Vertical Access was also asked to perform a visual and infrared investigation of the monument interior using its Unmanned Aerial Vehicle (UAV, or drone). There is currently no means in place for personnel to access the interior space between the two domes. In order to avoid the erection of pipe scaffolding at the interior, which would be better suited for a full restoration program in the future, VA’s solution was to fly a lightweight quadcopter through the 5’-diameter oculus in the lower dome, providing video and infrared footage of the interior finishes. VA used a DJI Phantom 4 quadcopter mounted with a GoPro Hero 3+ (?) for video capture and a FLIR Vue Pro thermal camera designed for UAV applications. Conditions observed during the drone investigation were recorded in AutoCAD using TPAS. A live-feed video downlink allowed multiple project team members to observe the conditions in real time and to direct the drone pilot to areas of interest. The project team was also able to schedule the drone investigation immediately following several days of rain for the best opportunity to see thermal differences in the materials due to water infiltration.
The data gathered at the exterior and interior of the monument is being used by LERA for a full restoration condition assessment with scoping recommendations to determine a comprehensive cost estimate that facilitates New York City’s Department of Parks and Recreation fund raising for the eventual restoration of the Memorial. In addition, LERA utilized the data obtained to develop a 3D geometry model of the Monument using Rhinoceros to assist with quantity determination and structural analysis. The Rhino model geometry was manipulated with scripting within the Grasshopper platform to create an accurate finite element analytical model for further verification of the Monument’s performance under deteriorated conditions. The team is currently investigating the use of virtual reality to explore better communication of actual conditions and proposed remediation of improved access to the Memorial as well as improving future restoration investigative and descriptive tools with the use of 3D drone video capabilities.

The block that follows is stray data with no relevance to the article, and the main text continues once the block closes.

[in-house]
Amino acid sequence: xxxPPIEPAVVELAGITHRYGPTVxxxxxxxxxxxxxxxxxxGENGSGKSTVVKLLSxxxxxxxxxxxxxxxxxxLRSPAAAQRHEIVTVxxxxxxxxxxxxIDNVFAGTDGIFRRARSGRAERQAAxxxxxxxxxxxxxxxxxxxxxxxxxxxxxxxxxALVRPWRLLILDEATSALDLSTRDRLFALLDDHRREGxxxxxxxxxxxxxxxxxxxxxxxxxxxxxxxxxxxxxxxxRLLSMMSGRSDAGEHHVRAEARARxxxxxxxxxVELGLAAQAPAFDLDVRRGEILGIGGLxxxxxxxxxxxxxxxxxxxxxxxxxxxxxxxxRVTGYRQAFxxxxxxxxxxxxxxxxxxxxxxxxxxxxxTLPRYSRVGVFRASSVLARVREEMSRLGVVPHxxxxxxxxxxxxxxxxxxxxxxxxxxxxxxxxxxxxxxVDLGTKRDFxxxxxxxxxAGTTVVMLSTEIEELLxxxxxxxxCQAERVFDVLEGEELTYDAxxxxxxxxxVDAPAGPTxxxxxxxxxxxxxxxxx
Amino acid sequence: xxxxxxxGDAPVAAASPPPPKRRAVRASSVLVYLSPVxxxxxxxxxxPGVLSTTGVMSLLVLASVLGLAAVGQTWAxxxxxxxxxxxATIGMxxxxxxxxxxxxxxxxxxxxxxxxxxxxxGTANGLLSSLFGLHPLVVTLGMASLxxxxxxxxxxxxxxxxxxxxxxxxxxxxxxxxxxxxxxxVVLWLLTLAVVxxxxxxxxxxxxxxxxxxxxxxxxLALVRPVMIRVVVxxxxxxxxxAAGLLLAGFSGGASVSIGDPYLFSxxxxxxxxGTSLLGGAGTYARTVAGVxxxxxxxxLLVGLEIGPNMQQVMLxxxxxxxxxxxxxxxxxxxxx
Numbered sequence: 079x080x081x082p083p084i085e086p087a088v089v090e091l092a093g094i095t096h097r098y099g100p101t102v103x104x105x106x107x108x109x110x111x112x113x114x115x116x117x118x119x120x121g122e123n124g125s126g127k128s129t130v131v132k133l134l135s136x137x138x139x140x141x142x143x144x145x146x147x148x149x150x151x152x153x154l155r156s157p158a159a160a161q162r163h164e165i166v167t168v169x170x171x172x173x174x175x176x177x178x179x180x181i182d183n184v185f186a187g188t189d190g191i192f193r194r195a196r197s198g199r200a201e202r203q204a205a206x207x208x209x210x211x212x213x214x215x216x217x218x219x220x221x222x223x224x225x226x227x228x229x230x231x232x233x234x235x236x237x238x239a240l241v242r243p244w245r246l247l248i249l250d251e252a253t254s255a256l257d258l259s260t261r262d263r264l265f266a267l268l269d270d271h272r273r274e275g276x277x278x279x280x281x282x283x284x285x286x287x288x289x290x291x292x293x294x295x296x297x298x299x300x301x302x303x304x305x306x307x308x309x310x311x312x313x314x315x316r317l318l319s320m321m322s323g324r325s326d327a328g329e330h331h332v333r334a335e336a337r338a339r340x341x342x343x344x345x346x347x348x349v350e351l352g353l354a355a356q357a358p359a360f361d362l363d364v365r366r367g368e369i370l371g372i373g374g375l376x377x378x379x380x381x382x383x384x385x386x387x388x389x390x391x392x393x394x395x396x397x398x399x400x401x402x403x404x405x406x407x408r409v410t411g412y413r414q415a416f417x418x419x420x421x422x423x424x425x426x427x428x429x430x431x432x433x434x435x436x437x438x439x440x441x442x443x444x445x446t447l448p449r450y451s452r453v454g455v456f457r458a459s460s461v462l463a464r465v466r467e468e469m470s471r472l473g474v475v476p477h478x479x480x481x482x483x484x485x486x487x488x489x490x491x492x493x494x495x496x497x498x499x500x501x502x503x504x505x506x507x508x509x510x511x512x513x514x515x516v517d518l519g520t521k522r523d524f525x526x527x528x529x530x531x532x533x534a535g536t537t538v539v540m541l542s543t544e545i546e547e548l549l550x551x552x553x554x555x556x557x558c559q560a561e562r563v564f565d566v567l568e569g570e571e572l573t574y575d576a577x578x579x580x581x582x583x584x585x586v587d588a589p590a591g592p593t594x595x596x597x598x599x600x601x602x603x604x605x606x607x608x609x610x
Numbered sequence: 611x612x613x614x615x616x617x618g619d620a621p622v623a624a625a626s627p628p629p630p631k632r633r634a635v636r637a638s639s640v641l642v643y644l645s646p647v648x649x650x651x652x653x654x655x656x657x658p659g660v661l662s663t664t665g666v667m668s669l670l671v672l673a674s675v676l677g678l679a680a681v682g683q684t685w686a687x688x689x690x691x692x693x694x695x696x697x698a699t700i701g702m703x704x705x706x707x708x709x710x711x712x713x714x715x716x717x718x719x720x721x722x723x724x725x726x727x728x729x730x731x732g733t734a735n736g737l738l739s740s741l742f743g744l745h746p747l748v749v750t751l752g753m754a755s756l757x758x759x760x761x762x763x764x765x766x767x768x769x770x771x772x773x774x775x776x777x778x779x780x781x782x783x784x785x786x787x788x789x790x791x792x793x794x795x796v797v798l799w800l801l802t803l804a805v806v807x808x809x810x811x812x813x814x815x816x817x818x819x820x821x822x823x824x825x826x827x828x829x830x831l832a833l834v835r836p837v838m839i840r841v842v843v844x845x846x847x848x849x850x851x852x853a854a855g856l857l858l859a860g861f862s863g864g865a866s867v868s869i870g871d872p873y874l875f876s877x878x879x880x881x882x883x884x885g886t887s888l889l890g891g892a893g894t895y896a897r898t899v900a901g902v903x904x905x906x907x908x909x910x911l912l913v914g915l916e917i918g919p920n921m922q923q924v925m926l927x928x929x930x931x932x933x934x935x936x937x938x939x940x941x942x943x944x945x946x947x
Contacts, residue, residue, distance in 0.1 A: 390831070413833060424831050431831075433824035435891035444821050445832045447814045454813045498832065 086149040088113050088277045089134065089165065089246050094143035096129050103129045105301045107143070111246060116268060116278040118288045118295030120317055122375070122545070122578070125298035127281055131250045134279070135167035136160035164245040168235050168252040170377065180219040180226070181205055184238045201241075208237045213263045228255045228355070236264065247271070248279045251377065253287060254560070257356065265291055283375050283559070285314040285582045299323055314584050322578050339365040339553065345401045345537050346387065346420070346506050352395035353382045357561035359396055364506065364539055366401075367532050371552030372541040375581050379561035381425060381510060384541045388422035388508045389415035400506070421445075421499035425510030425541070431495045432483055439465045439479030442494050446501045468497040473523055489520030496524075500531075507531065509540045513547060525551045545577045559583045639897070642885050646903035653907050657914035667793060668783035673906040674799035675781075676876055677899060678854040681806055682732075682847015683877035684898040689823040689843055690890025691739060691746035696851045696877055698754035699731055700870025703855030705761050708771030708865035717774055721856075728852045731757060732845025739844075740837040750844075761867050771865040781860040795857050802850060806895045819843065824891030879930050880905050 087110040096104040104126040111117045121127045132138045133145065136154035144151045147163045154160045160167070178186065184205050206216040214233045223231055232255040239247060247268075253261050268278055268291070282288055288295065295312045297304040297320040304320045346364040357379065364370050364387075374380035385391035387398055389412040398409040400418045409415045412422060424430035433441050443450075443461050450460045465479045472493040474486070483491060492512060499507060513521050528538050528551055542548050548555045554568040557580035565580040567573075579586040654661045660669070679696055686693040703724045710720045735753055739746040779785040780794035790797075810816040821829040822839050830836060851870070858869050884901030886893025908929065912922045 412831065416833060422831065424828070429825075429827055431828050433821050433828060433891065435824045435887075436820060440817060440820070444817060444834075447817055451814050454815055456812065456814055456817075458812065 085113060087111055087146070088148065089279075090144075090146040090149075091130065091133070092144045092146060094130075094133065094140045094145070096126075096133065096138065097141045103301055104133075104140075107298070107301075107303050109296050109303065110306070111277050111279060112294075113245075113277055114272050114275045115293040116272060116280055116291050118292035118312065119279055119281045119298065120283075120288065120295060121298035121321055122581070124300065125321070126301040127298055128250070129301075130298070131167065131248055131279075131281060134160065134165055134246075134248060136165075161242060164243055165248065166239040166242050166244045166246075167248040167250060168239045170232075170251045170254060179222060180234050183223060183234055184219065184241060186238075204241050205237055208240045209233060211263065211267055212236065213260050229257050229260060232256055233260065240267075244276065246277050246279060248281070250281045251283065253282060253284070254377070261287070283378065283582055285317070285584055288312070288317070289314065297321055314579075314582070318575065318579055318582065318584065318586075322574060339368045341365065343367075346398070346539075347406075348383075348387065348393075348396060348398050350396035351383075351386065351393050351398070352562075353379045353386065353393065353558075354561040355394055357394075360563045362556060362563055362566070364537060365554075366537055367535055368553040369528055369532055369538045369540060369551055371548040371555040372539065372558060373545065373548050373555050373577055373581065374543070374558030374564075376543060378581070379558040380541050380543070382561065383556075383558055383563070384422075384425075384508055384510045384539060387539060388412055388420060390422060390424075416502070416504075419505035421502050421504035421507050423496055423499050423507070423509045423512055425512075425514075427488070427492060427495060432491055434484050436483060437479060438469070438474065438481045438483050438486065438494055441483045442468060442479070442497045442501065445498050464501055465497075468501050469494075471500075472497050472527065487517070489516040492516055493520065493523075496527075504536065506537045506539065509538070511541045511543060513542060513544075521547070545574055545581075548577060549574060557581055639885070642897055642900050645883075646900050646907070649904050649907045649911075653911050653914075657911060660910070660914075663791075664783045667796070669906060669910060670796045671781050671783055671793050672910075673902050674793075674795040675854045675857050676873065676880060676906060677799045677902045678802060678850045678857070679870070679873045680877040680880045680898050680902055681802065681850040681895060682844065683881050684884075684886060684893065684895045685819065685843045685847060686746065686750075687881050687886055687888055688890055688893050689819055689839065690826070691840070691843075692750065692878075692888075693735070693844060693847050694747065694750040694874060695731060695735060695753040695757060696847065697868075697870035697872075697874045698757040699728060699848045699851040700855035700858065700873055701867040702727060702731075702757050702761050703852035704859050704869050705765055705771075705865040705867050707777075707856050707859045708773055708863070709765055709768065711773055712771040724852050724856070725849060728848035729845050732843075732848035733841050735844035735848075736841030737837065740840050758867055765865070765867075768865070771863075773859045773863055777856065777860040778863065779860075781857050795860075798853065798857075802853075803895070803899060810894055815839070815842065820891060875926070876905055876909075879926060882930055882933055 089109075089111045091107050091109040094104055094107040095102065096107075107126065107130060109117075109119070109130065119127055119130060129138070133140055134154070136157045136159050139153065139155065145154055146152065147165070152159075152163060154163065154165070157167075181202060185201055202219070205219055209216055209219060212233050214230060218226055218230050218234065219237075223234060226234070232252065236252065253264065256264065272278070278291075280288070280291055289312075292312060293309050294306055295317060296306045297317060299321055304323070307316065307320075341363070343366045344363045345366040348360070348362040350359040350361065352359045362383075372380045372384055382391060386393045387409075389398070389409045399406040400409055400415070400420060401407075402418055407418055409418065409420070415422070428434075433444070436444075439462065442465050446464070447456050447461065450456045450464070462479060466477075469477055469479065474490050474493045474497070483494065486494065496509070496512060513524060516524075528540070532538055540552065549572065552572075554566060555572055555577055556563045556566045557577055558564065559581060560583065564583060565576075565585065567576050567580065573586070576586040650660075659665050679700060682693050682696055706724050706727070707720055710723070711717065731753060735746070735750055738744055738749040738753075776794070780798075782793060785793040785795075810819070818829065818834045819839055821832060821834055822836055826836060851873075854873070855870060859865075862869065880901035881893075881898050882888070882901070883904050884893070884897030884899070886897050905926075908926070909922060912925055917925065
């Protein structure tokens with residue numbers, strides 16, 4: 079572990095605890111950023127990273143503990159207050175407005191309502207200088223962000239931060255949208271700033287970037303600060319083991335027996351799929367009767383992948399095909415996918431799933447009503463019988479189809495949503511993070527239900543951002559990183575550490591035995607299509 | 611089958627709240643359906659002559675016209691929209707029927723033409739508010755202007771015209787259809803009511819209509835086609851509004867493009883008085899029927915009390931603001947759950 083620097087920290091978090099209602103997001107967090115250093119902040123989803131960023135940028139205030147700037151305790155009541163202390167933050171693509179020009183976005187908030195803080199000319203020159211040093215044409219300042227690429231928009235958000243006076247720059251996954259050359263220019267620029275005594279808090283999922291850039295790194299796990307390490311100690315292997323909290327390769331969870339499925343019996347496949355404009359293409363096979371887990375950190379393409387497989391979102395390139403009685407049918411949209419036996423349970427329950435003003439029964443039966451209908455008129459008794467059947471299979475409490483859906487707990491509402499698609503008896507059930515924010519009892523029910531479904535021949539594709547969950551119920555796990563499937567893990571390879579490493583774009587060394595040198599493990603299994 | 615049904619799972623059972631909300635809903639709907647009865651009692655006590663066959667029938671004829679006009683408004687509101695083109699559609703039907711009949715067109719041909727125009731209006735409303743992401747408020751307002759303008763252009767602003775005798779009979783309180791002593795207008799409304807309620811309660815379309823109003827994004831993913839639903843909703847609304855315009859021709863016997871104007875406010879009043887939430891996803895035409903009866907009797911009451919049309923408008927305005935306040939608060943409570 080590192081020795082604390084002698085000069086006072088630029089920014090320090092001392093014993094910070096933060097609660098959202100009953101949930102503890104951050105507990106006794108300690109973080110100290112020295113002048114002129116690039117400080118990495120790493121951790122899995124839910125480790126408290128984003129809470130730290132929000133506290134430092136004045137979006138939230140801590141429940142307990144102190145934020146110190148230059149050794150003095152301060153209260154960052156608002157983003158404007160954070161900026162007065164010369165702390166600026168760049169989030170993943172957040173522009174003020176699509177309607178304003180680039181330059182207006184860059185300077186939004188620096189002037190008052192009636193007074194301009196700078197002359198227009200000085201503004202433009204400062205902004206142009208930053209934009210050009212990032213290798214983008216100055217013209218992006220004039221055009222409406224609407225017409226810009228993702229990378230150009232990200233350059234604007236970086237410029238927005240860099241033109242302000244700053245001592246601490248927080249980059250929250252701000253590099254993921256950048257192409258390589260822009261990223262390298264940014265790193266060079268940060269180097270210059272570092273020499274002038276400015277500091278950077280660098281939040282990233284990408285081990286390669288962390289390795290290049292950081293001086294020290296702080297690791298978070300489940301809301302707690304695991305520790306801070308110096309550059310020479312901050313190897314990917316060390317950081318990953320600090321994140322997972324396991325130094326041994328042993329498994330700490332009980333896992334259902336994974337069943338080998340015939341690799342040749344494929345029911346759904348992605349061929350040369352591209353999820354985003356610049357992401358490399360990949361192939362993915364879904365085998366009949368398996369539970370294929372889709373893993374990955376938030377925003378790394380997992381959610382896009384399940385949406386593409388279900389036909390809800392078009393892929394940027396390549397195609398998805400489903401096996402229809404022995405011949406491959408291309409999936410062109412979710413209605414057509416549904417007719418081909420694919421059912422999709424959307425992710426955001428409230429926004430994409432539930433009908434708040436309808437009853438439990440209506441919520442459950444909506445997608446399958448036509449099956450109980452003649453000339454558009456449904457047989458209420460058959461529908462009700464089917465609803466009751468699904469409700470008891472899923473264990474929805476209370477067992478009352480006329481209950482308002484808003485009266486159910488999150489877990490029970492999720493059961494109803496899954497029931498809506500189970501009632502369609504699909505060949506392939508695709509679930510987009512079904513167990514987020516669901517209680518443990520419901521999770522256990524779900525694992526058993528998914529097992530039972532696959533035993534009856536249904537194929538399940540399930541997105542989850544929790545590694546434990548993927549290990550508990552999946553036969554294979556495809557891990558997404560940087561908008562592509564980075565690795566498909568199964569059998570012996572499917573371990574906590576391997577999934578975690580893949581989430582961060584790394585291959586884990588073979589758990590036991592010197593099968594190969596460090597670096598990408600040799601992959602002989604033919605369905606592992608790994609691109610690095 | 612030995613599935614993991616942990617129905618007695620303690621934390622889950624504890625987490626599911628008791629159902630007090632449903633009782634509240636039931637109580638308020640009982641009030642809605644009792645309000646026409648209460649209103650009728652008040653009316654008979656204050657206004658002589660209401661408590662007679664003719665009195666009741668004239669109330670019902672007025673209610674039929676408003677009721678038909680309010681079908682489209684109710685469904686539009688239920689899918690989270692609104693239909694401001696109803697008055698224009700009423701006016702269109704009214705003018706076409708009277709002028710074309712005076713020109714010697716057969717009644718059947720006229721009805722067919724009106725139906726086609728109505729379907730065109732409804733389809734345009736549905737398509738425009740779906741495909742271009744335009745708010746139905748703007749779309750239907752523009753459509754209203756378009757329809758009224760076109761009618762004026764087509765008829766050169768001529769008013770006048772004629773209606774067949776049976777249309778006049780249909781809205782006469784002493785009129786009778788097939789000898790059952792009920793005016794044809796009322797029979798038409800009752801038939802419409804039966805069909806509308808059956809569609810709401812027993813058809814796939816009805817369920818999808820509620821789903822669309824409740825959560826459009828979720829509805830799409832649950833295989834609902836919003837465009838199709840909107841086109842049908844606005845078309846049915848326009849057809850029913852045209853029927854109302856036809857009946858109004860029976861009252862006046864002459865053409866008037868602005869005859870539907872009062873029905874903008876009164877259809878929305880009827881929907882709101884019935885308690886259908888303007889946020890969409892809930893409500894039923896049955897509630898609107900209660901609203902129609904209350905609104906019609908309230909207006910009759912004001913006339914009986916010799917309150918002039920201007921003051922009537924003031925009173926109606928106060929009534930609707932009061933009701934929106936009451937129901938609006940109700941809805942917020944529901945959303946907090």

Douglas P. González is an Associate Partner at LERA. With over 25 years of experience as a Structural Engineer, Doug has developed the design of new structures and renovations for a wide array of healthcare, government and cultural projects. In addition to his expertise in healthcare, cultural and civic facilities, as well as adaptive reuse and historic preservation, he serves as President of the Structural Engineers Association of New York (SEAoNY), having previously served as Secretary and Director. Doug holds a Master of Science from Cornell University and a Bachelor of Engineering from The Cooper Union in New York City.
Kristen Olson is an architectural historian with Vertical Access and a SPRAT-certified Level II industrial rope access lead technician. Kristen has worked on investigation and documentation projects including McKim Mead and White’s Manhattan Municipal Building, the Chapel at the United States Naval Academy and the historic campus of Harvard Medical School. She is actively involved in the continued development of the TPAS direct-to-digital documentation system and the production of drawings from video captured using unmanned aerial systems. Kristen has a Bachelor of Arts degree in Art from Colby College and a Master of Arts in Historic Preservation from Cornell University.